State fisheries regulators are proposing substantially lower catch limits for the popular but likely overfished speckled trout.
Louisiana Department of Wildlife and Fisheries biologists are recommending that the daily catch limit of speckled trout, also known as spotted seatrout, should be reduced from 25 to 15 fish per angler.
The proposal would also change the minimum trout size limit from one foot in length to 13.5 inches. The change is aimed at protecting more small, spawning-age female trout.
The Wildlife and Fisheries Commission on Thursday approved a “notice of intent” that clears the way for a period for public comment and an eventual resolution on the matter. If enacted as proposed, the rules would likely go into effect sometime next year.
The state’s speckled trout catch and size limits haven’t undergone a substantial update since the late 1980s. The state has considered similar rule changes in recent years. The most recent proposal began taking shape last spring.
Many anglers and fishing guides support the changes, calling them an overdue response to an all-too-obvious drop in the trout populations.
“This resource is no longer a bottomless barrel,” said Eric Newman, a Venice charter boat captain. “Leaving more fish in the water is never a bad thing.”
In the early 1990s, anglers were catching an average of about six fish per trip. Now they’re catching half as many.
The share of spawning-age female trout in the state’s annual recreational catch has dropped from about 20% to 7% over the past 20 years in many parts of the coast, indicating the species is having trouble maintaining its population.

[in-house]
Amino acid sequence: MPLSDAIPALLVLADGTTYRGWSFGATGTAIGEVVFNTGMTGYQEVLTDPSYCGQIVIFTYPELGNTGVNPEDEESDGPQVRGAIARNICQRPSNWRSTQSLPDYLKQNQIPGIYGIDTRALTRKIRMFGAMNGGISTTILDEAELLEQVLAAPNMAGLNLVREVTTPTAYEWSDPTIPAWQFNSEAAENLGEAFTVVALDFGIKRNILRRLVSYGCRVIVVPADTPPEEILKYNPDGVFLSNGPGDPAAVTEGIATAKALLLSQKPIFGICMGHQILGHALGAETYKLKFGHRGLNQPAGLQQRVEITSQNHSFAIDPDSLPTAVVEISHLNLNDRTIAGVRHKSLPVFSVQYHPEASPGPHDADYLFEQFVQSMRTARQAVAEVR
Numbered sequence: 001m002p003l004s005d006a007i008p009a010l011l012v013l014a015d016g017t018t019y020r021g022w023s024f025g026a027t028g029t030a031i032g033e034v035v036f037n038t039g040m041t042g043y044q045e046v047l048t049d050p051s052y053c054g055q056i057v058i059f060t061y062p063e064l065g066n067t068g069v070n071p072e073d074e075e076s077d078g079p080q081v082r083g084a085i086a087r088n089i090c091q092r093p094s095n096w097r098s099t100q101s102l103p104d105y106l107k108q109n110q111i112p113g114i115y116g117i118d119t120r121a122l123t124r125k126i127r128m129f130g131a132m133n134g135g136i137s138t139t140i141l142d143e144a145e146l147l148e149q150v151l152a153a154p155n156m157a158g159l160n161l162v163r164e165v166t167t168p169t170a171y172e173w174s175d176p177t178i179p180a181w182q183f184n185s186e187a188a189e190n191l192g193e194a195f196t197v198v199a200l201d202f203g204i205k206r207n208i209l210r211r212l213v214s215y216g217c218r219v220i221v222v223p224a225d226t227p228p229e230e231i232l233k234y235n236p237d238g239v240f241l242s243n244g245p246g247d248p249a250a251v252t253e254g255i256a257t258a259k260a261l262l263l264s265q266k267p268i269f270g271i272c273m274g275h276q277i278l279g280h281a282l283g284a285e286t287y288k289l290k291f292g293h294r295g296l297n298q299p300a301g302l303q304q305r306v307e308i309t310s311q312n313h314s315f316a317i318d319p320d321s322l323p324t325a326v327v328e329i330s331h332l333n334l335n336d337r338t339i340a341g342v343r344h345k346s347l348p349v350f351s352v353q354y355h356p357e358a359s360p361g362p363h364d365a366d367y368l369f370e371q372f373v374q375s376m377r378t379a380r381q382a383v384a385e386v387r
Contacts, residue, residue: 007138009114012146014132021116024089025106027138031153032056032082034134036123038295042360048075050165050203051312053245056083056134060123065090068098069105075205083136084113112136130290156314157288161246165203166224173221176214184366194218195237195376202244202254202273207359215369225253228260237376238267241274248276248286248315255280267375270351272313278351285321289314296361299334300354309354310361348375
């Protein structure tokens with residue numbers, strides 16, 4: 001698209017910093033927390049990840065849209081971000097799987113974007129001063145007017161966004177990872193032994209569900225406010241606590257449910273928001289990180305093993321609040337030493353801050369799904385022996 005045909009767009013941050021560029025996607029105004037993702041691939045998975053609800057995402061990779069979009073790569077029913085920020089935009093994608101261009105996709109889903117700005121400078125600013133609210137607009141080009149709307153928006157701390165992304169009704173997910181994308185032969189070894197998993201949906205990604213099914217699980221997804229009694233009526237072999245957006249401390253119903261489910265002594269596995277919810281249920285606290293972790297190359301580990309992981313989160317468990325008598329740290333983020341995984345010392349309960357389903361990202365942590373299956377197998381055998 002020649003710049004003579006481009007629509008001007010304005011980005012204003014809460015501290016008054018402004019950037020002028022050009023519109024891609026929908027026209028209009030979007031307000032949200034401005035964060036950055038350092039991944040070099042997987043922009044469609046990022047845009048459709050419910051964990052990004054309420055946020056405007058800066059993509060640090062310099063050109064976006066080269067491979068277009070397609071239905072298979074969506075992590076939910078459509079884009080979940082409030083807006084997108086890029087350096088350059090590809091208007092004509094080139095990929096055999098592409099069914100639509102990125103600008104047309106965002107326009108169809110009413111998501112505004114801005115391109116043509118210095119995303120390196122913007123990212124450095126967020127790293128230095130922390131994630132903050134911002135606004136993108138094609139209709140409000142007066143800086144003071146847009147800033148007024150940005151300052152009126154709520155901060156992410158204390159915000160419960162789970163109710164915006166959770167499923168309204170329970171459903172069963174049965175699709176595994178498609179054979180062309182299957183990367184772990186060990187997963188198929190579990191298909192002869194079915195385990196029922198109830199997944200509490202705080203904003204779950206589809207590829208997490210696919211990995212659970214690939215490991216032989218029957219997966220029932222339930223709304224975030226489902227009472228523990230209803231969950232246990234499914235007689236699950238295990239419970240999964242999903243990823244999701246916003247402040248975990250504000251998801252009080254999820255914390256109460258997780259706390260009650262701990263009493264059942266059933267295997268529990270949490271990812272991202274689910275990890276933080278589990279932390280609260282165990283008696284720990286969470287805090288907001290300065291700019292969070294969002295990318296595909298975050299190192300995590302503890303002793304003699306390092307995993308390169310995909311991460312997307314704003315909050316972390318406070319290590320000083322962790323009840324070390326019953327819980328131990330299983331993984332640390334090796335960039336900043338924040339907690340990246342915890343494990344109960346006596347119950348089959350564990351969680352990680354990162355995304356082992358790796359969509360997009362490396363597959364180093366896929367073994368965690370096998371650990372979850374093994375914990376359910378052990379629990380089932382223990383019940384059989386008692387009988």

Several anglers who spoke at the commission’s meeting Thursday disagreed with the proposed size limit, saying it will lead to an increase in throwbacks. Many hooked fish are injured or in shock when released, increasing their likelihood of dying or being eaten by predators.
Catching fewer fish won’t be enough to revive the stock, said Wildlife and Fisheries Commission Chair William “Joe” McPherson. He noted that a range of environmental stressors are harming several fish species, including redfish and other popular catches. Likely the biggest problem, he and other anglers said, is habitat loss.
“The loss of marsh habitat is there, and we see that,” McPherson said.
Coastal erosion and rising seas have robbed Louisiana of land equivalent to the size of Delaware over the past century. Louisiana could lose two more Delawares in the next half-century if no action is taken to stop it, according to the state’s coastal scientists.
The main causes of land loss – climate change, Mississippi River levees, subsidence, erosion from oil and gas canals – are too big for a state wildlife agency to tackle alone. But limiting the recreational catch of an imperiled species is one step it can take, McPherson added.
He stressed that the proposed rule changes are “not set in stone” and may change as the commission gathers more input from the public.
“This is a work in progress,” he said. “I think everybody can agree we all want this state to remain the sportsman’s paradise. Sometimes we forget how good we’ve had it for so long.”
This work is supported with a grant funded by the Walton Family Foundation and administered by the Society of Environmental Journalists.
Tristan Baurick: email@example.com; on Twitter: @tristanbaurick.